A jury near Chicago, Illinois has ordered a doctor there to pay a local woman $14 million after the birth control drug he prescribed to her allegedly caused a severe stroke and left her confined to a wheelchair.
After a two-week-long trial, the jury said on Friday that Dr. Zbigniew Aniol must pay the costly settlement to Mariola Zapalski and her husband, Rafal Zapalski, to compensate for what the plaintiffs believe will be a lifetime of medical bills.
In 2007, Zapalsi suffered a stroke just 13 days after Dr. Aniol wrote her a prescription for the popular birth control drug Yasmin. Attorneys for the woman say her physician failed to warn of potential side effects and other dangers, and instead wrote the script without assessing applicable risk factors.
Zapalski's attorney, Bradley Cosgrove, said Dr. Aniol neglected to warn the woman that being over the age of 35 and having hypertension increased the likelihood of experiencing side-effects. Zapalski was 37 when she was prescribed the drug.
"A stroke is something that physicians should understand can occur with … birth control pills like Yasmin," Cosgrove said, according to the Chicago Tribune "They need to be particularly careful in prescribing this type of medication to a patient who is not the right candidate for it."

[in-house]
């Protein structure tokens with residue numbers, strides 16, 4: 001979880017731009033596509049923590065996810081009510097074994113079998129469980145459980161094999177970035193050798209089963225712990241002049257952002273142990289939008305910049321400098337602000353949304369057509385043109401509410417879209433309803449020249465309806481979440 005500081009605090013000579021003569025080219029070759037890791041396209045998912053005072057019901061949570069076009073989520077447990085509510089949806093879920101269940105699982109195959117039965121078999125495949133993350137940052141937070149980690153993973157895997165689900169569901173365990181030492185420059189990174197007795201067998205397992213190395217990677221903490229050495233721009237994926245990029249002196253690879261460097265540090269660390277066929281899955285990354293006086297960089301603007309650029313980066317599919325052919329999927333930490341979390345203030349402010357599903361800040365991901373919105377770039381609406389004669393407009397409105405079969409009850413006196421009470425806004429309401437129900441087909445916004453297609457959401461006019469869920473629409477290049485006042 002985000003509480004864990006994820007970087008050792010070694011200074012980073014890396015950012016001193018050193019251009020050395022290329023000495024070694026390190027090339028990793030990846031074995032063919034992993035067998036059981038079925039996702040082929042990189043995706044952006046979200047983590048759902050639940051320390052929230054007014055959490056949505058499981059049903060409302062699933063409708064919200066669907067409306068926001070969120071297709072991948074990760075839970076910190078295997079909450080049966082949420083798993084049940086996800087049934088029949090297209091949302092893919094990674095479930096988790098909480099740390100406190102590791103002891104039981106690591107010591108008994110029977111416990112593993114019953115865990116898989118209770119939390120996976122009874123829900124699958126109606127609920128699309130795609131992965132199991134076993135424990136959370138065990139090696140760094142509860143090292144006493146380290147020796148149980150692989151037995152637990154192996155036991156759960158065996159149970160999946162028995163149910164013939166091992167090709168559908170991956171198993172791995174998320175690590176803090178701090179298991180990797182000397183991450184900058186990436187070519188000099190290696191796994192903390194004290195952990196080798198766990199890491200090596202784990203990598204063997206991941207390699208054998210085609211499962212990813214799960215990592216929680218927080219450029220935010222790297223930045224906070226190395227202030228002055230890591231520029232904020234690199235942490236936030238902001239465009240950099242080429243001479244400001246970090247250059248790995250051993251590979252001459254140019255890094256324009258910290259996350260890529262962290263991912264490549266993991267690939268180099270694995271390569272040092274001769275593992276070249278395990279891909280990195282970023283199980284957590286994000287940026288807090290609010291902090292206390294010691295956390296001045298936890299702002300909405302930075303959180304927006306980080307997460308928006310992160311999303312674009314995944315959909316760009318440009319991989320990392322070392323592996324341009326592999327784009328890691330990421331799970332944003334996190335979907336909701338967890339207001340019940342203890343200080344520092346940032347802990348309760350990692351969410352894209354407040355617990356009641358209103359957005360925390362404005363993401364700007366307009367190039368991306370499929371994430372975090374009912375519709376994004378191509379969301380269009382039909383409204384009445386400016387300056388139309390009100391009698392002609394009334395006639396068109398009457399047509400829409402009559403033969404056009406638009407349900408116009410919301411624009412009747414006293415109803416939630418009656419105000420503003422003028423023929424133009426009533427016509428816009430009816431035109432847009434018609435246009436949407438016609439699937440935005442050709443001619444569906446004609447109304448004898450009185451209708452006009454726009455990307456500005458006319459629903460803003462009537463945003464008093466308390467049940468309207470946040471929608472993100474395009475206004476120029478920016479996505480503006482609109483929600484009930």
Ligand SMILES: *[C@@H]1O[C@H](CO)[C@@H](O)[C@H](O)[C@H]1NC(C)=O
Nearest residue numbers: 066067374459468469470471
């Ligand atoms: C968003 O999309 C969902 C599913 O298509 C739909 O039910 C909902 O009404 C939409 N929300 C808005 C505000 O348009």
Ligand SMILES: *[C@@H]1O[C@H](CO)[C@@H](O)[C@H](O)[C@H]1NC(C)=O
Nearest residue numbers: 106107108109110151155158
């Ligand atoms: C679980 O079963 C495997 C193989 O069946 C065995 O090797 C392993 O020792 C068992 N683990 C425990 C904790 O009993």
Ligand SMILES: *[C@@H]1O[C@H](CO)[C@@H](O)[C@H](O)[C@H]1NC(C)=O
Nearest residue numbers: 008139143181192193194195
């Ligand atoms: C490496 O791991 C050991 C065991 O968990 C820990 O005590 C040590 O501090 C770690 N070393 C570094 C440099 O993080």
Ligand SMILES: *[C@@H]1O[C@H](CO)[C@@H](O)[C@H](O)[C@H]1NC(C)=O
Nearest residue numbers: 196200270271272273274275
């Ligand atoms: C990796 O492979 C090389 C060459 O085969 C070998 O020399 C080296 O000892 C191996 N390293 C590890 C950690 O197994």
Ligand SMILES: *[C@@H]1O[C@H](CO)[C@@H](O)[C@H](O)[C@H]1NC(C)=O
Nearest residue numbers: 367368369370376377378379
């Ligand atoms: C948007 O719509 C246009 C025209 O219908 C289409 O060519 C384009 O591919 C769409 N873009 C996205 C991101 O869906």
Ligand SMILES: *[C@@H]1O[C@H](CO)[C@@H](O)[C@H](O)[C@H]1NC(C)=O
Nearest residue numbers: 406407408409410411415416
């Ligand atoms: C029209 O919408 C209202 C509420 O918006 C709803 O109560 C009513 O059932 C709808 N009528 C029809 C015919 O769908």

"Under the circumstances for this patient, Yasmin was a dangerous drug for her and it was an inappropriate choice because of Mariola Zapalski's underlying risk factors," a local ABC affiliate quoted Cosgrove as saying.
Less than two weeks after she started taking Yasmin, Zapalski suffered a stroke and has been unable to move the left side of her body in the seven years since.
"No one should have to go through what we did," her husband told the paper. "(Doctors) need to treat every … single patient as an individual person. They need to be more careful when prescribing dangerous drugs to make sure they are for the right person,” Mr. Zapalski said.
According to Cosgrove, the outcome could have been avoided had the physician simply considered other alternatives.
"He could have prescribed a progesterone-only pill to manage her medical condition, which carries little to no risk," he said. According to Mr. Zapalski, his wife now requires 24/7 care, the cost of which is expected to be significantly covered by the latest settlement.
Last year, the hospital that referred the woman to Dr. Aniol was ordered to pay a separate settlement of $2.5 million. The drug's manufacturer, Bayer Healthcare Pharmaceuticals, has settled more than 8,000 claims from Americans plaintiffs for a total of $1.4 billion, according to WGNTV News. Bayer maintains that its drugs are safe when used as directed.